CHRISTINE STEWART FITZGERALD: How about for Angela, what was your sleeping arrangement? Where did you have your twins?
ANGELA: For the first two months, we used a co-sleeper but the packing play, we’re also looking at that really closely because you can have the two, I mean, it was really important for me to keep them together in the beginning, so I didn’t have them in my room for those first, well, four months. For the first two months, we have them in the co-sleeper right next to us and next was move them to the floor beds in our room, and then, in their own room when they’re five or four months, so about four months seems like the good time. They’re sleeping a little bit heavier that are longer so they can make it through the night.
CHRISTINE STEWART FITZGERALD: And Shannon, for you, did you have them in room?
SHANNON: So boys, my first set of twins, they slept in a co-sleeper in our room but really not, they mainly stock with us. One of the boys slept better in the co-sleeper, so I just did kind of transition him into that after nursing for toddler where mostly either of us and so about, I would say about 17 months, we tried to move them into their own bed like toddler beds in their room which they always end up back in our bed. And then, the girls, they sleep, and so, it’s kind of the same situation to girls. We have one girl who sleep longer than the other.
She’s in her own crib which is now in a transition into a toddler bed. On one side of our bed, and then the other twin, her crib is pull back against our bed like a co-sleeper, so she’s more to arm fun because she ends up in our bed a lot more often. So they’re in our room still, and the boys are now in their toddler bed in their own room, or all of them are in our bed.
ANGELA: Oh my goodness.
SUNNY GAULT: Need a big bed.
CHRISTINE STEWART FITZGERALD: Right, but it’s a common thing. We’re hearing close proximity to the parent’s bed. And was that in Jules, for you too, I mean, in now, you got three.
CHRISTINE STEWART FITZGERALD: Three takes more room or space. Where they also in your room?
JULES: No, we were limited by our house structure in it. Our room just wasn’t big enough for three bassinets, so three pack and play or cribs of any sort, so we’re pretty strict about keeping them in their cribs in their rooms we had. We started in stages. When we brought them home, we have them all in one crib, and then when they got to bond if you will, to do that, we move one baby into another crib and kept two together and then we move the third into their crib. That was the night time. During the day we are all about house.
CHRISTINE STEWART FITZGERALD: Yeah, it’s like kind of the night time, you think of beds but then you know, they take too many naps then I guess that’s kind of the other question. They spend a lot of time sleeping in other areas besides a crib, so what did you put them in? Did you put them in either bassinet during the day time or?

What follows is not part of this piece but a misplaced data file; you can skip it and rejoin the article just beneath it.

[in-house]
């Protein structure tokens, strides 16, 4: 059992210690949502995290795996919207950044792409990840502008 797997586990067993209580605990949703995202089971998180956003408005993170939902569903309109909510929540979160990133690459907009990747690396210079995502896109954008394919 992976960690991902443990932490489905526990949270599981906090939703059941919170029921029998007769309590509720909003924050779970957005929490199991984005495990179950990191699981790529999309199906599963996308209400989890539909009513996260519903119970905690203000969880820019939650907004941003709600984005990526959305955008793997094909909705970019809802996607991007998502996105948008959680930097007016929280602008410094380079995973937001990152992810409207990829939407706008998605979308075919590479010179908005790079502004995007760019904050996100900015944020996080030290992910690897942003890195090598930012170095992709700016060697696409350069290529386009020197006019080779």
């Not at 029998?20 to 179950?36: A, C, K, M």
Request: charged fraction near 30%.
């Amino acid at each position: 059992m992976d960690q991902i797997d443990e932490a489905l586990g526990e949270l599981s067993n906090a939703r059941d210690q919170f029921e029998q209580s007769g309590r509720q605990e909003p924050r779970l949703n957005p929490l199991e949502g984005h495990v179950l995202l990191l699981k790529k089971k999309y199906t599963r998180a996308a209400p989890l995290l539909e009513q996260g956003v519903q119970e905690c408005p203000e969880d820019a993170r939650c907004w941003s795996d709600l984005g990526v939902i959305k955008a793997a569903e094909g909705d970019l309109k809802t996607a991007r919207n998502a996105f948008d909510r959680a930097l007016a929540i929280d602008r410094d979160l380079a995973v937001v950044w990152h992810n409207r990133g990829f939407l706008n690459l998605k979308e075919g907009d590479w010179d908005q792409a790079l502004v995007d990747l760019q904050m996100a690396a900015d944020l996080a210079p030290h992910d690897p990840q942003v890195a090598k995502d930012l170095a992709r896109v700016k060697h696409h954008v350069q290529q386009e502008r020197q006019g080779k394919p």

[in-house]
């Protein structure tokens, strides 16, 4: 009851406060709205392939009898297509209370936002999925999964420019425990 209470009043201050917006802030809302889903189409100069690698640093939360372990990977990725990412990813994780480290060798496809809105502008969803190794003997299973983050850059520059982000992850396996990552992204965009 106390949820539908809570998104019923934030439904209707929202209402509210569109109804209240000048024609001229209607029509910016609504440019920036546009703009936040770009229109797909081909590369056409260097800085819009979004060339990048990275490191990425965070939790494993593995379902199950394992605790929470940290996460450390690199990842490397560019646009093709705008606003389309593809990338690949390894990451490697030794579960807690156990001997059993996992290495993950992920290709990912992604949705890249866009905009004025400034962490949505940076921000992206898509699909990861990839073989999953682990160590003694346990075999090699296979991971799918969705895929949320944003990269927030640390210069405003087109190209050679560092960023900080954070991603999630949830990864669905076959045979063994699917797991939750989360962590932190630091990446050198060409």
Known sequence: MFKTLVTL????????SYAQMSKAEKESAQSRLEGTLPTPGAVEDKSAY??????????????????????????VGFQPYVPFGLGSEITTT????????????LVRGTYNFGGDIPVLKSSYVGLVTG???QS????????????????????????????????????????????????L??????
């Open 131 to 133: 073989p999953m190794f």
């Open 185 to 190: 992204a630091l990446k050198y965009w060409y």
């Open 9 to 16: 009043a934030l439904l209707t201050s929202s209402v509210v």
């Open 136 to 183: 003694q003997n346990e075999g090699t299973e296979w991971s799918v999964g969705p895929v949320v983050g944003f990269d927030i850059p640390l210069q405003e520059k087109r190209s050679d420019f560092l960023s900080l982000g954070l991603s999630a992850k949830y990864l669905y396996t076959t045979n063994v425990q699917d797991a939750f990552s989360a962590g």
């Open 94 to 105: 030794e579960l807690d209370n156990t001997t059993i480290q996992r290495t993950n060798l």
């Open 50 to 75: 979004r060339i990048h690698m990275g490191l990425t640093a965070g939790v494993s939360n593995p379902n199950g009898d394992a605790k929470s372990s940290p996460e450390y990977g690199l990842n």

JULES: Oh my gosh, our house was just … We have a two story house. The bed rooms are all on the top floor, and then on the bottom floor, in our main living room, we had two pack and place and then, we had two swings and three bouncers…
CHRISTINE STEWART FITZGERALD: Oh my gosh.
JULES: Sometimes, we would end up having them in their bouncers if we’re having trouble getting them to sleep, and we would carry those upstairs.
CHRISTINE STEWART FITZGERALD: And then they’d primarily sleep upstairs I guess that’s what I'm hearing then.
JULES: For night time, yes.
CHRISTINE STEWART FITZGERALD: For night time, okay.
JULE: During the day, we rotated, if everybody got turns into swings and bouncer and pack and place.
CHRISTINE STEWART FITZGERALD: How about anyone else here on the phone, what kind of sleep area, either for night time or day time, did you I mean, use like any either bassinets or rocking place or creative co … I mean, I think we mentioned co-sleepers. Co-sleepers at night time but anything else like during the day time?
ANGELA: Yeah, I did. I use something called the top in Chino and that’s a Montessori, and you can look it up and see there’s a tons on there for sale, but in a sort of like a bassinet mattress sort of and those are lifesaver so much because I would just hold them, rock them a little bit and then just put them down and they are already on like a little pad or a little mattress. So really wherever I was, honestly, we were just on the floor everywhere.
CHRISTINE STEWART FITZGERALD: Wow.
ANGELA: We are just on the floor everywhere and that was like they’re a little cozy spot just sleep but then I also did have a crib mattress in my living room that turn into a nap spot often too. So if I was just, and you know, if they were just kind of sleeping or starting to go to sleep, they could always just go over on to the mattress and which they did but yeah, it was just kind of sleeping everywhere type of situation, so yes.
CHRISTINE STEWART FITZGERALD: I like the simplicity of that. I mean, that you can just put a mattress, so small in the corner, you know, when you needed, you know, lot of furniture just you know, and the type that they could learn that hey, that’s their little sleeping spot.